The required amount of yeast depends primarily on two factors: The duration of the leavening time and the temperature during this time. So both of your directions are most likely not wrong, they are just making different assumptions on the leavening conditions. Without knowing your recipe and leavening time/temperature it´s impossible to recommend one of them over the other.

The usage of ice water for yeast dough is something I have heard so far only from professional bakerey settings where they are preparing much larger batch sizes than in home cooking. During the kneading of this large batches a so significant part of the mechanical energy is transformed from friction to thermal energy that it is affecting the temperature and leavening time of the dough. If you are dealing with an amount of dough created from 3 cups of flour it should be pretty safe to just ignore this.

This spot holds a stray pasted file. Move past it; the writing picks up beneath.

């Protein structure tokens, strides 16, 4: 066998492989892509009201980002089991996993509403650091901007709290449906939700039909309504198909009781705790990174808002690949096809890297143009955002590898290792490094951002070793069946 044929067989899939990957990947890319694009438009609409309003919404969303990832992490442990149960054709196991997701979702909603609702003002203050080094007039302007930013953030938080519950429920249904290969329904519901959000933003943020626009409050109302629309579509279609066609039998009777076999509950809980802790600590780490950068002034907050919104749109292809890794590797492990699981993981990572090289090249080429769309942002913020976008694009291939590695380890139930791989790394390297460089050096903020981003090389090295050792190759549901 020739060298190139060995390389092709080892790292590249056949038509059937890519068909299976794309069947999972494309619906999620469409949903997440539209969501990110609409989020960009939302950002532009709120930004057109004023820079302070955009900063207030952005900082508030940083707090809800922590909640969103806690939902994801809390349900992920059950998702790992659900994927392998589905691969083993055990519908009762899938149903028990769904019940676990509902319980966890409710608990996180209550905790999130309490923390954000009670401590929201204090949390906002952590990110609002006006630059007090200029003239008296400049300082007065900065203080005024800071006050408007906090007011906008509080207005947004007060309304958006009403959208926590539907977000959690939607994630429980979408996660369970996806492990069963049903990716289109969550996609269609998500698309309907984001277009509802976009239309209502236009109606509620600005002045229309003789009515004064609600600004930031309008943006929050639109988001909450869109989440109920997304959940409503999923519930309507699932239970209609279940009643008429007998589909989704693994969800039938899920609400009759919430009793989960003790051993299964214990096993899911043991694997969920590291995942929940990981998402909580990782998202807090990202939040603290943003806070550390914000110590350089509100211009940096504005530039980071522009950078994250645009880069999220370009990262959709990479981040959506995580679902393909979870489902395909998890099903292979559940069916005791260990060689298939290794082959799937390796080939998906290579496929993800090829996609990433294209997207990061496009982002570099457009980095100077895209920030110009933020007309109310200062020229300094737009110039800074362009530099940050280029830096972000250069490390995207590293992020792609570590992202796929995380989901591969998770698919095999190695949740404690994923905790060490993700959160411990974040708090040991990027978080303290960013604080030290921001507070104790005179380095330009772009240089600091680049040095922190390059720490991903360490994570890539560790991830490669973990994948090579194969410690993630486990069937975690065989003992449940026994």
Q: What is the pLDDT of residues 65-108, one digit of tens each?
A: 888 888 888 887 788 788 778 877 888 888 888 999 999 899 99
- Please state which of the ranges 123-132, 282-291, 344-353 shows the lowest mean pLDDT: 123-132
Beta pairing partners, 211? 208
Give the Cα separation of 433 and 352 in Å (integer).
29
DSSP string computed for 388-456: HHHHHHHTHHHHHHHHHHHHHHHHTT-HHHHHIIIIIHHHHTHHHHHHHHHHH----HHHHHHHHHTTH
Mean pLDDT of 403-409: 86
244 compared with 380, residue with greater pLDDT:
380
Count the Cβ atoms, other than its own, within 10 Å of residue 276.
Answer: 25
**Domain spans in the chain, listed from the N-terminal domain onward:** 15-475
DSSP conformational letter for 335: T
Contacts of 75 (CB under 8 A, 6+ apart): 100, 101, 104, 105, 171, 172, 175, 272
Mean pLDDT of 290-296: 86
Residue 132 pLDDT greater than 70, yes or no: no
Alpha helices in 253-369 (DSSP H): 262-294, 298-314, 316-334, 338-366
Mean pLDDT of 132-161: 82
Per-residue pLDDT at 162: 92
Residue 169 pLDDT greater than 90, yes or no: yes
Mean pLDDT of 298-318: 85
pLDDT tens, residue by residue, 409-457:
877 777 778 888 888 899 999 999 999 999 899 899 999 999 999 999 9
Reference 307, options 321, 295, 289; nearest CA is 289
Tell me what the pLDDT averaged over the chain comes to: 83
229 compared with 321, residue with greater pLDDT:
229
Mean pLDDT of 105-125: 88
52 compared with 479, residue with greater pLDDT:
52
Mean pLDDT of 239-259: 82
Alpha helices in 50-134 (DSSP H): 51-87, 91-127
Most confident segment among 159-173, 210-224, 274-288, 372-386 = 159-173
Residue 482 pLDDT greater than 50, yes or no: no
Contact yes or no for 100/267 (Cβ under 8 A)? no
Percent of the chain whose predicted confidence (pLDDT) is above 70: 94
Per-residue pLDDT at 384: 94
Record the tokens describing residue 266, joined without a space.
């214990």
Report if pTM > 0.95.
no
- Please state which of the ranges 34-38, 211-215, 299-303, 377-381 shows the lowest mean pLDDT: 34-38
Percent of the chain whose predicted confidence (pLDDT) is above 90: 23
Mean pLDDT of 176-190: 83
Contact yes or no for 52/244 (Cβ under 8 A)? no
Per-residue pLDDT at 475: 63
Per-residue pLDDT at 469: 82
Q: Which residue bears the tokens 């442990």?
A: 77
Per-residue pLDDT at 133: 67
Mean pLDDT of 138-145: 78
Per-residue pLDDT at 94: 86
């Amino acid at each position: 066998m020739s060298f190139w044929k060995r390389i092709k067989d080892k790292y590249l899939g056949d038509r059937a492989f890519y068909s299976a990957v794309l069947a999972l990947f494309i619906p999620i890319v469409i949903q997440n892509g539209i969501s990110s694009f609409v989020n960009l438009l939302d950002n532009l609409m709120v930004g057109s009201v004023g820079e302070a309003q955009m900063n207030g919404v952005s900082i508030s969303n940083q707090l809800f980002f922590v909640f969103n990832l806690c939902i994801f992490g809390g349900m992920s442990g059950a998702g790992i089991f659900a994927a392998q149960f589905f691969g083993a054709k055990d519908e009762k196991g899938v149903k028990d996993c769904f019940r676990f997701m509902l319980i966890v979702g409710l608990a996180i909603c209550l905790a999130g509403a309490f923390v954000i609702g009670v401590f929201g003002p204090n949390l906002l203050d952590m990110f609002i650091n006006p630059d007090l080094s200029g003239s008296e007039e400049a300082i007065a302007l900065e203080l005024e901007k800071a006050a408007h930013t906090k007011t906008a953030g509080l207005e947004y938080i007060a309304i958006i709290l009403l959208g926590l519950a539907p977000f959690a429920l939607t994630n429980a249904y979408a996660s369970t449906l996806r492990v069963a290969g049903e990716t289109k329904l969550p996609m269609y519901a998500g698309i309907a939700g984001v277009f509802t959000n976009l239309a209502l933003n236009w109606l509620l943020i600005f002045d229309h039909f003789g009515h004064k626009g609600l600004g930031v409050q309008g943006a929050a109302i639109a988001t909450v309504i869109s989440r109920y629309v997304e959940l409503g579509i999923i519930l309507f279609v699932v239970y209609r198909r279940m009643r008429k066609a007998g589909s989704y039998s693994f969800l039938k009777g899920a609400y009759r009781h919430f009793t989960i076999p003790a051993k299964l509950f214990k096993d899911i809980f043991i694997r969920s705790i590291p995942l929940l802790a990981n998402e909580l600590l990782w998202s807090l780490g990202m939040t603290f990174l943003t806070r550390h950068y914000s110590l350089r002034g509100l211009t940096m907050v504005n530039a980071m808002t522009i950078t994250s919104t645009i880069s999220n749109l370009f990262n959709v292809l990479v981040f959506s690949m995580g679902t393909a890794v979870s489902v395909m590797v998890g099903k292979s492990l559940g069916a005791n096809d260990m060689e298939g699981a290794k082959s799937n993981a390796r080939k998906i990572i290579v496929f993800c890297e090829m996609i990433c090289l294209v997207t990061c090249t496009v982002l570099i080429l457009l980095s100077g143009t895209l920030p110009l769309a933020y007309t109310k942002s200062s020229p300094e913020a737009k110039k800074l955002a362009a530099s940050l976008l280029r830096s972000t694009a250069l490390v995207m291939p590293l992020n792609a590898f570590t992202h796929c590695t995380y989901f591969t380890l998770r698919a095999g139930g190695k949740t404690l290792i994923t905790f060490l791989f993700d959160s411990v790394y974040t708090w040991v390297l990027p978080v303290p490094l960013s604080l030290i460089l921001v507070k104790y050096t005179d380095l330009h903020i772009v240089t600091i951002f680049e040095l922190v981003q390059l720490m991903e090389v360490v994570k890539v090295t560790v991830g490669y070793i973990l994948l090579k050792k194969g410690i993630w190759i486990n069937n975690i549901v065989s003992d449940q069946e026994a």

Since it is typically not possible to create a laboratory like environment in a kitchen with always the exact same temperature and there also other factors affecting the yeast growth like the salt content of the dough it is also not advisable in general to stick to each single letter of your recipe but to check the properties of your dough during its preparation. When it has roughly doubled in size during the leavening it should be ready for the next step (bake it or store it in the fridge for later usage). Experience will come with time.

As a last point I would like to recommend to drop the measuring by volume and always measure by weight instead, as it is much more precise and allows reproducable results more reliably.